E&E’s Kristi E. Swartz reports from an EPA public meeting in Georgia that Southern states want more credit for the carbon emissions reduction work they’ve already done.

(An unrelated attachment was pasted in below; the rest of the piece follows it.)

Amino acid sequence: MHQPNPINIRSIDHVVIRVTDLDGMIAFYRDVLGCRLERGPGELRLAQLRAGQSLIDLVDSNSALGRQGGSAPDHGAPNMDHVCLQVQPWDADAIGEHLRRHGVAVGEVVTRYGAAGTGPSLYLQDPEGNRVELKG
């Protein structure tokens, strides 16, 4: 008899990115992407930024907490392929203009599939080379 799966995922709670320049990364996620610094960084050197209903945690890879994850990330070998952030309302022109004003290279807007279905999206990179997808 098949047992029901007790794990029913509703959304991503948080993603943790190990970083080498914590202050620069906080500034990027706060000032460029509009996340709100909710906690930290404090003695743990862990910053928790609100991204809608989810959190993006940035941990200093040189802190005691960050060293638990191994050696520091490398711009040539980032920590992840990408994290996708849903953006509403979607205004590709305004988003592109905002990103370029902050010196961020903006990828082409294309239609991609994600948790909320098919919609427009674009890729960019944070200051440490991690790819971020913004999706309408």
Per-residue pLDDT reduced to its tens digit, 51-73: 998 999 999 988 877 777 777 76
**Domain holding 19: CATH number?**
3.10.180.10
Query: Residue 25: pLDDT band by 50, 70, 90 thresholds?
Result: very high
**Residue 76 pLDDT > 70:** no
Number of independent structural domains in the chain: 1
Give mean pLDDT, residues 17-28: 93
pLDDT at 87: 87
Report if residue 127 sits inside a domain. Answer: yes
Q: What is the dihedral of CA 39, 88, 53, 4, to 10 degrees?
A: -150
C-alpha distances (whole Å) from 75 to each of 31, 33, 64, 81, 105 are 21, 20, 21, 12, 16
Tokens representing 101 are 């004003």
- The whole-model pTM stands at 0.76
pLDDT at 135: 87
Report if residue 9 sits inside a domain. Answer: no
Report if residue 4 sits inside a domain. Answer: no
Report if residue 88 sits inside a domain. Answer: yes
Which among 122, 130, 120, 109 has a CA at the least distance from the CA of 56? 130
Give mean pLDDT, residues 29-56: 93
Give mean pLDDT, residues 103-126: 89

There’s been plenty of pushback from the Southeast, where utilities are heavily regulated and once got the bulk of their electricity from coal. Much of the region is also rural and based on traditional economies such as agriculture and manufacturing. This means swift changes to the way states are to get their electricity end up touching — and punishing — large industries, small businesses and low-income households the most, according to the wide swath of opponents who spoke at a number of news conferences and rallies yesterday. The Southern economy has been slow to pull out of the nation’s economic recession, and shutting down coal plants would make the region fall even further behind, they said.